Alien Stockholm

A few years ago Stockholm City Museum showed the exhibition United Stockholms of America, pictures and stories from the eight Stockholms in USA, all very small towns and hamlets.

It now struck me that surely there must be at least one Stockholm in Canada, and so there is: Stockholm, the seat of government for Fertile Belt No. 183, which gives an immediate idea of the Canadian prairie, about as featureless and sparsely populated as a terraformed area on Tatooine.


Do not let your left hand know what your right hand is doing

So the bike lane comes up the hill on the left of the pedestrian path, but right here at the zebra crossing, it suddenly switches over to the right side. Presumably the people who did this did not for a second think it would make any difference whatsoever.


Everything is on YouTube

When I made my first visit to the US, this ad came on on the TV and again and again over the following days. The horrific scenario of pre-prepared junk food with soulless activity cards burnt “My Mom’s one busy lady” into my mind, enough for me to look for it on YouTube. What’s possibly worse is that I actually found it – in multiple versions. Other people must also have tried to exorcise the jitters by rewatching the scene.


Rare people

Watching British detective series it has often struck me that no matter in how seemingly remote a place a person has been killed, the body will typically be found within a few hours. An explanation for this might be suggested by Northumberland (where Vera is located) being the most sparsely populated county of England at 63 persons/km², which population density is in Sweden only surpassed by the three “big city” counties of Västra Götaland, Skåne, and Stockholm.


Scientific writing

As found in an article I’m reading: “These observations have indicated that X may provide an option for prophylaxis in certain populations.” Enough hedging for a fence around our house.


Finished model 2017-III

A Warhammer Wood Elf turned into a Moor Elf. Painted in Humbrol enamels for a change.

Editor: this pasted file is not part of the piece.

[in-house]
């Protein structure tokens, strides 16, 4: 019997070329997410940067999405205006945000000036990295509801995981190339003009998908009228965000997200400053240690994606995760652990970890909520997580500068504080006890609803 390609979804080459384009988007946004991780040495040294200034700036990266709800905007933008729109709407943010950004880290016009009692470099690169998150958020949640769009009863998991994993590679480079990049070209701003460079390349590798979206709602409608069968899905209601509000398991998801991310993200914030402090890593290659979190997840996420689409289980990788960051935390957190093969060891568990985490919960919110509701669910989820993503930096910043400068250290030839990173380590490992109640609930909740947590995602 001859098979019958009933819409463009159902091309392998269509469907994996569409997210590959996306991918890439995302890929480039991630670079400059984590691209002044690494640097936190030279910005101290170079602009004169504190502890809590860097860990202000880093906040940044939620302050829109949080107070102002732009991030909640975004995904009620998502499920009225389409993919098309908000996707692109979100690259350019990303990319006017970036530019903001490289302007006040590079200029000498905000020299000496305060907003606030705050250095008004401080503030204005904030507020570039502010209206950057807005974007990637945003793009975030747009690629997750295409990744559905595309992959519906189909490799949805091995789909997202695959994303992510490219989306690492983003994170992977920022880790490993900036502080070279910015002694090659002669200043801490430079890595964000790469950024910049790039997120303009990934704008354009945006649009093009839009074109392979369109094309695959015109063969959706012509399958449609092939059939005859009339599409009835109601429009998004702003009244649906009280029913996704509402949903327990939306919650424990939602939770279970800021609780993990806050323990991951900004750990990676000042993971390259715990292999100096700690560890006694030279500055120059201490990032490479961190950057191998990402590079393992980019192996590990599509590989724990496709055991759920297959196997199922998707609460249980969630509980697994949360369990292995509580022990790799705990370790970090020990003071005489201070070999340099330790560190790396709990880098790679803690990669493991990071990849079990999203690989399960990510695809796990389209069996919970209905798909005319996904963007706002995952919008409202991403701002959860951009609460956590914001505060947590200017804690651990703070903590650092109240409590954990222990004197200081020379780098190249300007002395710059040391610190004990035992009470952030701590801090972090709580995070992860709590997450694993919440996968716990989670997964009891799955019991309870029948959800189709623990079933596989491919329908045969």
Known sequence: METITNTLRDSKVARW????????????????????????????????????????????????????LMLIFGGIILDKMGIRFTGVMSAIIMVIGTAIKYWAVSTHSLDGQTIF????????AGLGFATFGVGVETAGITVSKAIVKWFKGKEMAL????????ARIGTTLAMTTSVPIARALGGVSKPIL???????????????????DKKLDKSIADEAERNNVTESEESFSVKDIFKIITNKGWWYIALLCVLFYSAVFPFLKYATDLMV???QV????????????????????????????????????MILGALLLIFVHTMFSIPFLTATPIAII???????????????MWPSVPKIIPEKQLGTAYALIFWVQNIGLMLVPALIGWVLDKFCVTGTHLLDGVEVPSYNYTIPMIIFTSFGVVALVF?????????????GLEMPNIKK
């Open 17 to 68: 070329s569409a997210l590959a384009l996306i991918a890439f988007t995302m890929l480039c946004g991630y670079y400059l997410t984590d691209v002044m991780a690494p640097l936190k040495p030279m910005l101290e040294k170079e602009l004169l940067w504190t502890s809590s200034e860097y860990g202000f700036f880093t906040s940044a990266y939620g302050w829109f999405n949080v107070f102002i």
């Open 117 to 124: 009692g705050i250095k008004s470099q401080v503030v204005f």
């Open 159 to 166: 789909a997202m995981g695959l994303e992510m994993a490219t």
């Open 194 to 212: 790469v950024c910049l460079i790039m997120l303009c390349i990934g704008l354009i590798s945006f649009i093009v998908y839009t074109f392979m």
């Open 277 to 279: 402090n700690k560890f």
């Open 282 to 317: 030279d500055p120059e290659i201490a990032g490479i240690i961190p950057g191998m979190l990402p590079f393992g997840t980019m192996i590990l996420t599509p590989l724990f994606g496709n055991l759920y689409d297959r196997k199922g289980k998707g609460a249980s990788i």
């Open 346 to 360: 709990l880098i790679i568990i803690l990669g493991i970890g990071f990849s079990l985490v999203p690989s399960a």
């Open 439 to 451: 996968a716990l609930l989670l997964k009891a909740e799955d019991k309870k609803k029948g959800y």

Finished model 2017-II

Originally a random Space Marine that came with a box set of Vallejo Model Color bottles I won in a raffle. While consisting of all of three pieces they didn’t have terribly good fit and required quite a bit of putty in awkward areas, yet had to be painted before attaching and puttying to be able to reach all surfaces.

In honour of the centenary of Finnish independence I decided on a colour scheme inspired by the Finnish national hockey team, even though they usually don’t carry heavy blasters and rocket packs. (Really, your knife will be sufficient for most eventualities.)



I got to thinking about the design of programming languages. It may be a recency effect, but it seems to me there’s been a plethora of programming languages designed and supported by a single person in the last decade or so. Usually their existence is very clearly due to some pet peeve of the designer, which is reflected in the grammar and feature set of the language. Some, like Ruby, have syntactical features which, while I find them annoying, presumably save the designer some typing in their typical idioms.

I presume that older languages have gone through processes of standardisation that have worn off the most idiosyncratic bits, if they weren’t designed by a committee to begin with. (Which does not mean that there aren’t disgusting bits in those languages too.)

The latest of these vanity languages I’ve run in to is Lua, which, on the whole, is not too bad. I still haven’t decided if I like the concept of metatables, but I have to admit it allows some nifty and powerful tricks.

So, how does it do the usual Hailstone program?

function hailstone(n)
   while (n > 1) do
      n = (n % 2 == 0) and n // 2 or n * 3 + 1

I was a bit disappointed that assignment isn’t an expression and thus couldn’t be fed into the print(). Of note is also that Lua does not adhere to the C syntax patterns used by Java, JavaScript, awk, or even Perl, in particular the conditional assignment is done through short-circuiting logical expressions instead.


Veckans ord: pelargon

Det är klart att en stylit vill vara ensam för en stunds pelargon i solskenet.


Viikon sana: hummustuhnu

Huononlaatuisen falafelannoksen seuraus: hummustuhnu.


Finished model 2017-I

Something a bit unusual. A Relocatable Equipment Building in 1:76 scale from Scale Model Scenery’s kit. The material is cardboard and paper. I have to say the kit was of impressively high quality and the pieces making up a quite easy build. (I still managed in a moment of distraction to confuse the roof and floor, so had to tear them off and swap before the glue had set.)

I expect it will eventually find its place in some diorama context. In particular, it is my entry in the prestigious competition between me and Kipper, both of us known for never finishing our models, in who will get the most models finished during 2017.

Model donated by Big Mike.